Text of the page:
On the 18th of June, Singapore held an event called the “Freedom To Love”. The aim of the event was to raise awareness and foster deeper understanding of the basic human need to love and be loved, regardless of one’s sexual orientation. PT Foundation recognizes discrimination against homosexual, transgender and other communities affected by HIV in Malaysia greatly threatens the education, prevention and treatment of HIV/AIDS. Communities suffering from discrimination often become fragmented and alienated while violence, or the threat of violence, drives them underground and into silence. This makes it near impossible for the distribution of HIV information to these communities, and creates an environment where it becomes highly unlikely that these individuals feel comfortable seeking out information themselves.
Over 10,000 pink-attired Singaporeans turned Hong Lim Park into a sea of pink, where they gathered – for the third year running - to form a giant pink dot in a show of support for inclusiveness, diversity and the freedom to love. This breaks Pink Dot 2010’s previous record for the largest public gathering ever seen at the Speakers’ Corner since its opening in 2000, and is more than twice the number of people who turned up last year.
This milestone event is organised by a group of local volunteers and aims to raise awareness and foster deeper understanding of the basic human need to love and be loved, regardless of one’s sexual orientation. Pink Dot 2011 aims to re-affirm the movement’s credo, Supporting the Freedom to Love, by encouraging Singaporeans to speak up for their LGBT friends and relatives. This peaceful event was attended by both straight and gay Singaporeans and permanent residents, many who came with their family members.
Pink Dot co-spokesperson Paerin Choa said: “There are few words that can fully describe what we are feeling right now. To have this many people celebrating this event with us is a truly humbling experience, and we are greatly touched by this show of solidarity and support from Singaporeans.
“One of Pink Dot’s primary aims is to engender an appreciation of Singapore’s diversity – regardless of race, language, religion, and sexual orientation, we are all Singaporeans. We have come some ways in encouraging inclusivity and acceptance of all segments of society, and we hope that more continue to join us in helping to fulfil this aim.”
In 2009, the inaugural Pink Dot, held at the same venue, saw 2,500 people in attendance. In 2010, this figure nearly doubled, to 4,000.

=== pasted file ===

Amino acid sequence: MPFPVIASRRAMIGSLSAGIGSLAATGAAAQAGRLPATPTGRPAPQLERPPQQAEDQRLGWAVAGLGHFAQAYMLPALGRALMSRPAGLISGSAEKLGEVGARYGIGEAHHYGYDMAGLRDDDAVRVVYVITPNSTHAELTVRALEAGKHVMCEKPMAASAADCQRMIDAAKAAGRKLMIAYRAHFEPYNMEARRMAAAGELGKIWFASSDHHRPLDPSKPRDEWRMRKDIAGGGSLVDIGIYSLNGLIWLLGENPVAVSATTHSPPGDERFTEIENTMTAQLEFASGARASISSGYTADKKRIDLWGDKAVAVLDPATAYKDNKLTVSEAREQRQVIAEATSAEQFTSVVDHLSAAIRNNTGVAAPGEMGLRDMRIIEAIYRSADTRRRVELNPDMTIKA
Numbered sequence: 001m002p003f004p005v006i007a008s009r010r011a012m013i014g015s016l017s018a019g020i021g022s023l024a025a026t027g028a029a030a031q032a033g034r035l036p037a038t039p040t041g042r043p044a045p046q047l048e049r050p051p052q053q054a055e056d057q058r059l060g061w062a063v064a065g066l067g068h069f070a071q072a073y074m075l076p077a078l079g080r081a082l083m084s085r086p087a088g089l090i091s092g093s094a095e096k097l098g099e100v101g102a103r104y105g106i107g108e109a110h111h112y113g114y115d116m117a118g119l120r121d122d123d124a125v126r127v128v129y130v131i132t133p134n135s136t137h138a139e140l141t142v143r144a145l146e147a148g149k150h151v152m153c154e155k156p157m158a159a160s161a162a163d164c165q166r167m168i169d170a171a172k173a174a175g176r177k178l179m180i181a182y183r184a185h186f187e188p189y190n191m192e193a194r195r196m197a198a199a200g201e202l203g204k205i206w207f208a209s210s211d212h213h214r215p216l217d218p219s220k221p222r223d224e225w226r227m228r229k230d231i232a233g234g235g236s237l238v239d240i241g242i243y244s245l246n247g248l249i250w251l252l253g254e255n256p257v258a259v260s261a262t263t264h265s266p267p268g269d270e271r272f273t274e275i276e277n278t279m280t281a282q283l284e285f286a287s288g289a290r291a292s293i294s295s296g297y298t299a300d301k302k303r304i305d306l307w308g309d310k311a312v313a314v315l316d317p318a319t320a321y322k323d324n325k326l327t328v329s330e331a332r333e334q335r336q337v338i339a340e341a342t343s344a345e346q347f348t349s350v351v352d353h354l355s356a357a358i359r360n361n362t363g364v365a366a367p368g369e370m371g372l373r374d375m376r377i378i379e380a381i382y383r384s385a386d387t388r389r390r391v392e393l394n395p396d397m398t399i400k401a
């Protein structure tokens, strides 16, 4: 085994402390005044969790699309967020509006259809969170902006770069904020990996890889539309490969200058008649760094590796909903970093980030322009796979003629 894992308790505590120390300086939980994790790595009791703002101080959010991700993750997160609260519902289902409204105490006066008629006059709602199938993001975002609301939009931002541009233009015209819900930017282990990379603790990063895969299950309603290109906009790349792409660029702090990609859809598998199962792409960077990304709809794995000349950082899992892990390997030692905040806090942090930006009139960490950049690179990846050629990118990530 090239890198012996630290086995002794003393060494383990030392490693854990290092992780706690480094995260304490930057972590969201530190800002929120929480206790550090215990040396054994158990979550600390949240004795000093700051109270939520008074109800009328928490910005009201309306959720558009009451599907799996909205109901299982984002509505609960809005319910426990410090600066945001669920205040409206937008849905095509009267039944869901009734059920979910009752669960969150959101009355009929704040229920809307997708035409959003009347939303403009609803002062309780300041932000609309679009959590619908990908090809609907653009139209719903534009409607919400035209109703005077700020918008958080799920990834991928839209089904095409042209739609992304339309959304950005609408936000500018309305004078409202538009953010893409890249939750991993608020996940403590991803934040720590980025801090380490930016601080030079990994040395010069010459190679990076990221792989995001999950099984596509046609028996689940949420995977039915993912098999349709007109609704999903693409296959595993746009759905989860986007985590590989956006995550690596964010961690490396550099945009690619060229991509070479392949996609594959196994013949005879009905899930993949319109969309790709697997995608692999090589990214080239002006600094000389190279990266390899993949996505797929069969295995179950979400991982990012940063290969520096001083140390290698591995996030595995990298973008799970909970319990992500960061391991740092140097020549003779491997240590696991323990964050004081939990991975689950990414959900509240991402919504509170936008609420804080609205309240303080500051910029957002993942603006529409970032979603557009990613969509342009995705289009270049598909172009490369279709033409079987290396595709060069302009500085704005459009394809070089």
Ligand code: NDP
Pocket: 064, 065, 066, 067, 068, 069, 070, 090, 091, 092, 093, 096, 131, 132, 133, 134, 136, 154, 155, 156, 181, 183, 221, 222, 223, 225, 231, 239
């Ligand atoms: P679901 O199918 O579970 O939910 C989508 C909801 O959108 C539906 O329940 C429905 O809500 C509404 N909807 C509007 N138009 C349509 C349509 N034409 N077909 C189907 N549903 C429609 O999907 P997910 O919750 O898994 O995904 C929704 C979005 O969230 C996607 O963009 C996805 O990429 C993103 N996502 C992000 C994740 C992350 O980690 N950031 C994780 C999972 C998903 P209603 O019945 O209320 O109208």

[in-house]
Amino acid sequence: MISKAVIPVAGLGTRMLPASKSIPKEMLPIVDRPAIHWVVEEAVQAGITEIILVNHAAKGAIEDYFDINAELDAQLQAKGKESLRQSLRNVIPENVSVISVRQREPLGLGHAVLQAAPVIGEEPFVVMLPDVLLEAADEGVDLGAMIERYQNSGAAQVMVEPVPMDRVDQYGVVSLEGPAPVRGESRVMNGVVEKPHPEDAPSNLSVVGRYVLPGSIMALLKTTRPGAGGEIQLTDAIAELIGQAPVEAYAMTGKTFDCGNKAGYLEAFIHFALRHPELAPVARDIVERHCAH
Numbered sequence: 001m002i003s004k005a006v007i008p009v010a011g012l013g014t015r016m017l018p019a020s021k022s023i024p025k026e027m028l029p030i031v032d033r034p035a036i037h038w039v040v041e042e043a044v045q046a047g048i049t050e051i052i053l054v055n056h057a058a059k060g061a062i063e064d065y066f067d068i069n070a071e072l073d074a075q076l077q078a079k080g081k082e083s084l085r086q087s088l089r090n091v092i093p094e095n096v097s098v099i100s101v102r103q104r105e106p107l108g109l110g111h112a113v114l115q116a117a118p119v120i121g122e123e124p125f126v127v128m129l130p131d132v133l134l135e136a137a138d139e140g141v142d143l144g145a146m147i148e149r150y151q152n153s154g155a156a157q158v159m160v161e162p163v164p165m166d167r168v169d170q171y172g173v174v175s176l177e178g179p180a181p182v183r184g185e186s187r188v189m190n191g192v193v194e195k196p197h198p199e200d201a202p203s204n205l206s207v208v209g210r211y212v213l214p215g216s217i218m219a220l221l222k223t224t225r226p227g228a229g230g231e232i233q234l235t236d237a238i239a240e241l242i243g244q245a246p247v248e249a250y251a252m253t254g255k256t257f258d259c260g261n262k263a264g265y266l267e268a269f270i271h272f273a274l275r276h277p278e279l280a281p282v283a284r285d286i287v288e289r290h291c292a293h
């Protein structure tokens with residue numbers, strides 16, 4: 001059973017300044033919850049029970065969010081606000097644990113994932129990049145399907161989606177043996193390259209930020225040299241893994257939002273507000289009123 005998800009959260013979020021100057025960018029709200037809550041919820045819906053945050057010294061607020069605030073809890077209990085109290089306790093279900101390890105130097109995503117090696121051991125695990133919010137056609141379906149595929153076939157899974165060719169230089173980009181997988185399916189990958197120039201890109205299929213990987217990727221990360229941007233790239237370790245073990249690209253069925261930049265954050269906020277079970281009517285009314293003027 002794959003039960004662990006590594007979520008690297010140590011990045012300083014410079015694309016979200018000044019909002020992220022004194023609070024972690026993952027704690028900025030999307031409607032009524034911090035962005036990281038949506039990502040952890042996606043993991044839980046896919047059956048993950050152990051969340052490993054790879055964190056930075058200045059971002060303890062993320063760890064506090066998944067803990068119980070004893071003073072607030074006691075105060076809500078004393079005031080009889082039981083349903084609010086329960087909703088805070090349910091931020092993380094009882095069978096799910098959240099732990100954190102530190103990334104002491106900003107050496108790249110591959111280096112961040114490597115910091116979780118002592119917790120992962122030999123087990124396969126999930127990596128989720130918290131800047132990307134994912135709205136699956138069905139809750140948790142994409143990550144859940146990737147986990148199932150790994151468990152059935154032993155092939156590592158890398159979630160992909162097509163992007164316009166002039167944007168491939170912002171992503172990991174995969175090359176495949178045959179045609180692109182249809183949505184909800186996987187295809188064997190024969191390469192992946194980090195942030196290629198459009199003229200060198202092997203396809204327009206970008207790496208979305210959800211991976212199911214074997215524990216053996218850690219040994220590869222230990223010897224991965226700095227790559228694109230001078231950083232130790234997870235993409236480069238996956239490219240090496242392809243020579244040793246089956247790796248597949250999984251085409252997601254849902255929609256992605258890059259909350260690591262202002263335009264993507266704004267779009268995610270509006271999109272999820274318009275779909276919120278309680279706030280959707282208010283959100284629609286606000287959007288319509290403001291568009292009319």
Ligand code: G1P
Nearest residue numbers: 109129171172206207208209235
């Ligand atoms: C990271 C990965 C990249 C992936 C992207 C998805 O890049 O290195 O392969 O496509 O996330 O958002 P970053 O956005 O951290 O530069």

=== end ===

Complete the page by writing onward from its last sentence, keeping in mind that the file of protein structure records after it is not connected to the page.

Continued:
This event was the culmination of an intensive month-long outreach – a key highlight of which was Pink Dot’s official Campaign Video, directed by acclaimed local director Boo Junfeng. Tugging the heartstrings of viewers, it generated an astounding 200,000 hits in the four short weeks since it was first uploaded to YouTube.
Pink Dot Sg has also motivated similar movements overseas, with cities such as New York, London, Montreal, even as far away as Anchorage, Alaska, organising their own local editions of Pink Dot.
And finally, international giant Google Singapore has also thrown its considerable weight behind the Freedom to Love as a supporter, reflecting its own policies of equality and inclusivity.
The event began with a picnic with representatives from over a dozen community groups, including Pelangi Pride Centre, OogaChaga, Young Out Here and SinQSA, turning out in large numbers to mingle with the crowd. Subsequently, audiences were treated to the inaugural Pink Dot Concert, hosted by Pink Dot 2011 Ambassadors, the Dim Sum Dollies, comprising Selena Tan, Emma Yong and Pamela Oei. Performers included Sebastian Tan as Broadway Beng, Dave Tan from Electrico, Michaela Therese, Jill Marie Thomas, dance group Voguelicious and performer Rima S. The forming of Pink Dot took place at 6pm.
Pink Dot co-spokesperson, Rebecca Ling, said: “We are greatly heartened by this year’s turn-out, and it reaffirms our belief that we can make Singapore into a more loving home for all of us. Such immense support from over 10,000 people today is a clear and strong testament to the growing acceptance and awareness among Singaporeans of the LGBT community. Pink Dot 2011 was a milestone in many ways, and we look forward to setting even more milestones in years to come.”